Mount Saint Elias

Above: First sited in 1741 by Europeans, Mount Saint Elias, 2008. Courtesy National Park Service. Right: Fort Necessity, French and Indian War.

Fort Necessity

Pre-Revolution Timeline - The 1700s


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  • Timeline

  • 1748 Detail

    October 18, 1748 - The Treaty of Aix-la-Chapelle is signed, ending King George's War between France, Great Britain, and their Indian allies in New England and Nova Scotia.

    Attack on Louisbourg, 1745

    They had been at it again for four years since the French raided the British outpost at Canso, Nova Scotia on May 23, 1744. In what would be the third of the four French and Indian Wars between New France and their Indian allies, the Wabanaki Confederacy (Abenaki, Micmac, Penobscot, Passamaquoddy, Maliseet), and the British colonists and their native allies, the Iroquois Conferacy (Onondaga, Cayuga, Mohawk, Seneca, Oneida). King George's War, named after British monarch King George III, would take a large toll on the colonies affected, but solve few problems.

    So after battles raging from Nova Scotia to the Massachusetts Bay Colony to the Ohio Valley at places such as Fort Louisbourg on Cape Breton Island, Saratoga in the New York frontier, and Fort Massachusetts (North Adams), took that toll (as many as eight percent of the men at the Massachusetts Bay Colony were killed), the end was necessary, but the war fruitless. Yes, the French regained control of Louisbourg, captured by the British during the war. They did that in exchange for Madras, India, captured by the British in September 1746, as part of the larger War of Austrian Succession. Yes, there were World Wars before the ones they numbered.

    Losing Louisbourg back to New France did not sit well with the Massachusetts Bay Colony. They had lost so much of their manpower, munitions, and money during the war, and some considered its capture as a right of the divine, hoping that it would, "remain united [with the British Empire] for ever," said Thomas Prince, Boston pastor.

    When British Parliament acknowledged that contribution of the Massachusetts Bay Colony with a payment of one hundred and eight thousand pounds, it was useful in retiring their devalued paper money, but did little to prevent the same colony from future conflict. That was similar with what would later occur in territory as far west as the Ohio Country, which both France and Britain claimed, and the colonists, predominantly British subjects at the time of the treaty in that area. The fourth French and British war would soon come, in 1754, in what we would know as the French and Indian War. At least that one had an outcome with a victor, Great Britain, and a loser, France, that would end the New England versus New France question. It was in favor of the British.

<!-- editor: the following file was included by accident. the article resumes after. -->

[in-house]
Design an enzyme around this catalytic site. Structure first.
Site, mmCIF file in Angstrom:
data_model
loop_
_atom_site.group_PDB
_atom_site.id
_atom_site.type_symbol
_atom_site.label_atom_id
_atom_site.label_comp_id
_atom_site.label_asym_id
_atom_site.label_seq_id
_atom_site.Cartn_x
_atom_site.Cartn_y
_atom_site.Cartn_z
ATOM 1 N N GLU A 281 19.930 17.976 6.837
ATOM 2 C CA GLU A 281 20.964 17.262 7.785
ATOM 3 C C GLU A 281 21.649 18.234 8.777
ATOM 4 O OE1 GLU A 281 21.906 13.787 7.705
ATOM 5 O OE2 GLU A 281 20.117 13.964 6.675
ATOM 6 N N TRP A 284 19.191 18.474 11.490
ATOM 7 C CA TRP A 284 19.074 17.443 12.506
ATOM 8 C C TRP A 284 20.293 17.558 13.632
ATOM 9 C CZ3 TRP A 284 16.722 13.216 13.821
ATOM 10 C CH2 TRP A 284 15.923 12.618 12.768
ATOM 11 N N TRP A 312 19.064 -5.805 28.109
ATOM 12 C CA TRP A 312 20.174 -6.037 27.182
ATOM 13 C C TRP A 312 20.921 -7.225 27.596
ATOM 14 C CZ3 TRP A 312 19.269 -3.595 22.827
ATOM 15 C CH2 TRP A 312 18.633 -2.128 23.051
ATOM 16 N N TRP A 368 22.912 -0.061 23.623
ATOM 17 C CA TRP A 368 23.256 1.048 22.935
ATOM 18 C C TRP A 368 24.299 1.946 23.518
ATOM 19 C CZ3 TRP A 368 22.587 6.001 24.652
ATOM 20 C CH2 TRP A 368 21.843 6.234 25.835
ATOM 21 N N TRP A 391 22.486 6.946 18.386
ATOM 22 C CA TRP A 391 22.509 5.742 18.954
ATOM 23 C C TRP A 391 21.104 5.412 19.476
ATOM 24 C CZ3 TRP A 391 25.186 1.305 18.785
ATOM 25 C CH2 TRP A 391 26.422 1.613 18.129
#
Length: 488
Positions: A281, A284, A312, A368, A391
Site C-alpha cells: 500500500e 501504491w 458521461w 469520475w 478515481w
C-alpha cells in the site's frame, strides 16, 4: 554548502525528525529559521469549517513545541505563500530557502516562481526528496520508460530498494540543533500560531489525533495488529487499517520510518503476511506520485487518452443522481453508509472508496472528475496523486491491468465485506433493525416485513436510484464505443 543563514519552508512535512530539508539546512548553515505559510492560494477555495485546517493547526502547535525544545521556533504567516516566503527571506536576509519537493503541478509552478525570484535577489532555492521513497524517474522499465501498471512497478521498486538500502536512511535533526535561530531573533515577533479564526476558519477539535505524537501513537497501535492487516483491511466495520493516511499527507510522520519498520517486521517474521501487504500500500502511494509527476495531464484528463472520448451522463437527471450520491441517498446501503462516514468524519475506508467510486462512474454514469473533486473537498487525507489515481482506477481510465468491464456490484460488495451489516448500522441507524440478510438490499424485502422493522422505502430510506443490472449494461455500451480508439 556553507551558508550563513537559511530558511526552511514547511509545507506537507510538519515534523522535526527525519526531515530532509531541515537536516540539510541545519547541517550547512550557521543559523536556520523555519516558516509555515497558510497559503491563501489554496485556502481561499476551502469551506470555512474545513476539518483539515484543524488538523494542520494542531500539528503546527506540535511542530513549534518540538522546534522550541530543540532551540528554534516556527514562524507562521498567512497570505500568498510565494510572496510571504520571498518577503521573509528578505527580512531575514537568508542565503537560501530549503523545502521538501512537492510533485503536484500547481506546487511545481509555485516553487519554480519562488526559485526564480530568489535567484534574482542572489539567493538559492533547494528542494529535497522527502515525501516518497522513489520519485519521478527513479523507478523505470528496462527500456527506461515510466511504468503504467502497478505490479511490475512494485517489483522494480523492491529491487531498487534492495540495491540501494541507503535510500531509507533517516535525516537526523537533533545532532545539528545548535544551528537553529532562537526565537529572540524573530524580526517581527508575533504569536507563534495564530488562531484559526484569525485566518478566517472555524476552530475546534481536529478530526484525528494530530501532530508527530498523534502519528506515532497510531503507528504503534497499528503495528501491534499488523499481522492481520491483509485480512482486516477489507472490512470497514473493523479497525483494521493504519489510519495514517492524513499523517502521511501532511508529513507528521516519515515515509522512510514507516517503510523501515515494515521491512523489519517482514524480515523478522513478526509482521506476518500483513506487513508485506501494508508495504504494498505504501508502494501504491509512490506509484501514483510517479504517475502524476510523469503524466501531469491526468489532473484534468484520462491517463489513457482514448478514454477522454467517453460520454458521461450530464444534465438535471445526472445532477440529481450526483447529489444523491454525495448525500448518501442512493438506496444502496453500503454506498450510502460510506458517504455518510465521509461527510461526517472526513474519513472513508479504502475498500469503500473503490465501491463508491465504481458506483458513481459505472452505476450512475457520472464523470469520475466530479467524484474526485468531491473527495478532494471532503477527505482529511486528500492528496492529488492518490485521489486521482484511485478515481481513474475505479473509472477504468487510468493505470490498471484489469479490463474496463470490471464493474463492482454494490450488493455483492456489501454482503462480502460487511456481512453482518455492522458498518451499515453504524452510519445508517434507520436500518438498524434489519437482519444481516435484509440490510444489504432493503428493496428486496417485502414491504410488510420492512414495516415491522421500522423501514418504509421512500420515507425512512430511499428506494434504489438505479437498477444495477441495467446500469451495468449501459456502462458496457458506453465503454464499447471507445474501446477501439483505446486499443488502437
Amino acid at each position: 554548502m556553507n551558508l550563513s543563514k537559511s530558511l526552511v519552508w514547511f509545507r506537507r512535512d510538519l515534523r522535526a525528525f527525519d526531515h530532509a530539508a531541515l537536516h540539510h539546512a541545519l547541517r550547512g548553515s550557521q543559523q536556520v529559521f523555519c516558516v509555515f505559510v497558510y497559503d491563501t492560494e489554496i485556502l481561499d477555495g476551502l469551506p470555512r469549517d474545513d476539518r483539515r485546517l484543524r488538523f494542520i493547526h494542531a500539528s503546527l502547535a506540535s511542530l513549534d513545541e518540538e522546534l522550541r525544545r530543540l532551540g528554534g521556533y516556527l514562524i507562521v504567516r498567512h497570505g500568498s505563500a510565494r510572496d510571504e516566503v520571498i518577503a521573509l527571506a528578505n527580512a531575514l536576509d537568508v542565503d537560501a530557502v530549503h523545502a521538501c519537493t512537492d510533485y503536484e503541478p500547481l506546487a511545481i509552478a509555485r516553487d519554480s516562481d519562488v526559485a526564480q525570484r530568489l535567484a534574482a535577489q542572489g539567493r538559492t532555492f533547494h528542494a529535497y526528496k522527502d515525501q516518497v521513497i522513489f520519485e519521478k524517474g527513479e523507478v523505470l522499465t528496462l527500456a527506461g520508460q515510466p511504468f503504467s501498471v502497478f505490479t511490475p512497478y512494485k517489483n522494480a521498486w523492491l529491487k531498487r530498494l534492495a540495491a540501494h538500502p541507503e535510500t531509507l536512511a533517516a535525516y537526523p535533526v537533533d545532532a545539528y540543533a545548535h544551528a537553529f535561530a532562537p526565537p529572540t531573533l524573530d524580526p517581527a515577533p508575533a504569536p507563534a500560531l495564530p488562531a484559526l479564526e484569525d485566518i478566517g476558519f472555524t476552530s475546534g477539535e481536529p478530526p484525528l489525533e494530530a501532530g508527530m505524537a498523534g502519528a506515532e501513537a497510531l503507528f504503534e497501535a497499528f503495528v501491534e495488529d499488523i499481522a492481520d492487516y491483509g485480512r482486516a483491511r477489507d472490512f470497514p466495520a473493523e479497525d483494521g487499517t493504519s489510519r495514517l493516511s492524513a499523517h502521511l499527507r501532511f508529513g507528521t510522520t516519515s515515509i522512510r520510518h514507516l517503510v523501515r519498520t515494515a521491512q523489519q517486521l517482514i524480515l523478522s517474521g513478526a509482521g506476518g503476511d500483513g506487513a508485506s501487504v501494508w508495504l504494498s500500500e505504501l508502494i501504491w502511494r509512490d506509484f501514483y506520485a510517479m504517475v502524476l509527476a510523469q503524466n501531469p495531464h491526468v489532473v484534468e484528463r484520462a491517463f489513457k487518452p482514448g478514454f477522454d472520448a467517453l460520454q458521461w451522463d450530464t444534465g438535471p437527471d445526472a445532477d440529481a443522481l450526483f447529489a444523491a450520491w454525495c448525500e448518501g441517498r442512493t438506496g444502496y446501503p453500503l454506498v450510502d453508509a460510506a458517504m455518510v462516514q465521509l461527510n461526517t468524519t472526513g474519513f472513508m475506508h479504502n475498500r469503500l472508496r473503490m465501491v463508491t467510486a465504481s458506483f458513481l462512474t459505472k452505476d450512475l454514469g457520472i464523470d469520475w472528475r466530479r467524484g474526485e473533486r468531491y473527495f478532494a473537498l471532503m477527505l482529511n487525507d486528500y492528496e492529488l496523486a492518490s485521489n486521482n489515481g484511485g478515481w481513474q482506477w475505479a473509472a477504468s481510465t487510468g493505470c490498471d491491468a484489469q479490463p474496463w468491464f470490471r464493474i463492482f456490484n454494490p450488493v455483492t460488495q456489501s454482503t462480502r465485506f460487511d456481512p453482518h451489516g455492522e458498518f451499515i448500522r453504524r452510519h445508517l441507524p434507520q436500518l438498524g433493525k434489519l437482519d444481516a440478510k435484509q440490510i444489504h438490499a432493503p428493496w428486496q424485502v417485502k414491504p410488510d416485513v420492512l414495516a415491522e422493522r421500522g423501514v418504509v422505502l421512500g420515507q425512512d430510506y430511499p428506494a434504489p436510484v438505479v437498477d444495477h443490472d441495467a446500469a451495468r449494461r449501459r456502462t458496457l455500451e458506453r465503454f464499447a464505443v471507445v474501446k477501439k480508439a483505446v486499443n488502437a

Treaty of Aix-la-Chapelle

    Negotiations for peace had begun in 1746, but were slowed by British hopes that their position in the war would improve with additional victories and thus assist in the negotiations. When that did not occur, a congress was called concerning not only King George's War, but the War for Austrian Succession, as well. It was held in the Holy Roman Empire city of Aachan, or Aix-la-Chapelle, starting April 24, 1748. Six days later a draft treaty was completed. On October 18, 1748, Great Britain, France, and the Netherlands signed the final version.

    For other belligerants outside the King George's War aspect of the larger War for Austrian Succession, they had the choice to sign or continue the war. There was little appetite to continue. Austria, Spain and Sardinia agreed on December 4, 1748. The Duchy of Modena and the Republic of Genoa agreed on January 21, 1749. T-Shirts and Gifts

    Select Text, Treaty of Aix-la-Chapelle, 1748

    Definitive Treaty of Peace and Friendship, BETWEEN His Brit.iinkk Majesty, the Most Christian King, and the States General of the United Provinces. Concluded at Alx la Chapelle the 18th Day of October N.S. 1748. To which The Empress Queen of Hungary, the Kings of Spain and Sardinia, the Duke of Modena, and the Republick of Genoa, have acceded.